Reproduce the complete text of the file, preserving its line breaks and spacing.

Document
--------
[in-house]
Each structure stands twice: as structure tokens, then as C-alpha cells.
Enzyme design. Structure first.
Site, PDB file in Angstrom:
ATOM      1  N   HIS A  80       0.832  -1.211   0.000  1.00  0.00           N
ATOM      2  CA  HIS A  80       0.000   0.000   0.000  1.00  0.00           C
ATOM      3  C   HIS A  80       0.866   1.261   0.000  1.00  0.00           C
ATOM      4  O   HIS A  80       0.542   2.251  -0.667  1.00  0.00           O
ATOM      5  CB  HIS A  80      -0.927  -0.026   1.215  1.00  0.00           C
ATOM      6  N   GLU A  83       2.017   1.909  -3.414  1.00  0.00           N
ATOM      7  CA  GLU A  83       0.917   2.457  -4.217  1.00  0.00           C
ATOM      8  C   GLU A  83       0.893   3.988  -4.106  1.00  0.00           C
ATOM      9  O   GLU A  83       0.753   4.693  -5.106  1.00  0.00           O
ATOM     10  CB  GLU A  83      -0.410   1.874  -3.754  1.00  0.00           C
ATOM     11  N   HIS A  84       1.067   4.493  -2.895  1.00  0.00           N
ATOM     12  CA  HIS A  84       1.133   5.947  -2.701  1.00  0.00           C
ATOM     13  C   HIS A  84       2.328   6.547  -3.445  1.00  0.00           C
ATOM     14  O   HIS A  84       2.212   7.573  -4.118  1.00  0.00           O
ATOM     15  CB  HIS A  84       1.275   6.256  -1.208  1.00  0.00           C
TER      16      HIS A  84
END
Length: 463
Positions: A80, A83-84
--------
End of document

[in-house]
Each structure stands twice: as structure tokens, then as C-alpha cells.
Enzyme design. Structure first.
Site, PDB file in Angstrom:
ATOM      1  N   HIS A  80       0.832  -1.211   0.000  1.00  0.00           N
ATOM      2  CA  HIS A  80       0.000   0.000   0.000  1.00  0.00           C
ATOM      3  C   HIS A  80       0.866   1.261   0.000  1.00  0.00           C
ATOM      4  O   HIS A  80       0.542   2.251  -0.667  1.00  0.00           O
ATOM      5  CB  HIS A  80      -0.927  -0.026   1.215  1.00  0.00           C
ATOM      6  N   GLU A  83       2.017   1.909  -3.414  1.00  0.00           N
ATOM      7  CA  GLU A  83       0.917   2.457  -4.217  1.00  0.00           C
ATOM      8  C   GLU A  83       0.893   3.988  -4.106  1.00  0.00           C
ATOM      9  O   GLU A  83       0.753   4.693  -5.106  1.00  0.00           O
ATOM     10  CB  GLU A  83      -0.410   1.874  -3.754  1.00  0.00           C
ATOM     11  N   HIS A  84       1.067   4.493  -2.895  1.00  0.00           N
ATOM     12  CA  HIS A  84       1.133   5.947  -2.701  1.00  0.00           C
ATOM     13  C   HIS A  84       2.328   6.547  -3.445  1.00  0.00           C
ATOM     14  O   HIS A  84       2.212   7.573  -4.118  1.00  0.00           O
ATOM     15  CB  HIS A  84       1.275   6.256  -1.208  1.00  0.00           C
TER      16      HIS A  84
END
Length: 463
Positions: A80, A83-84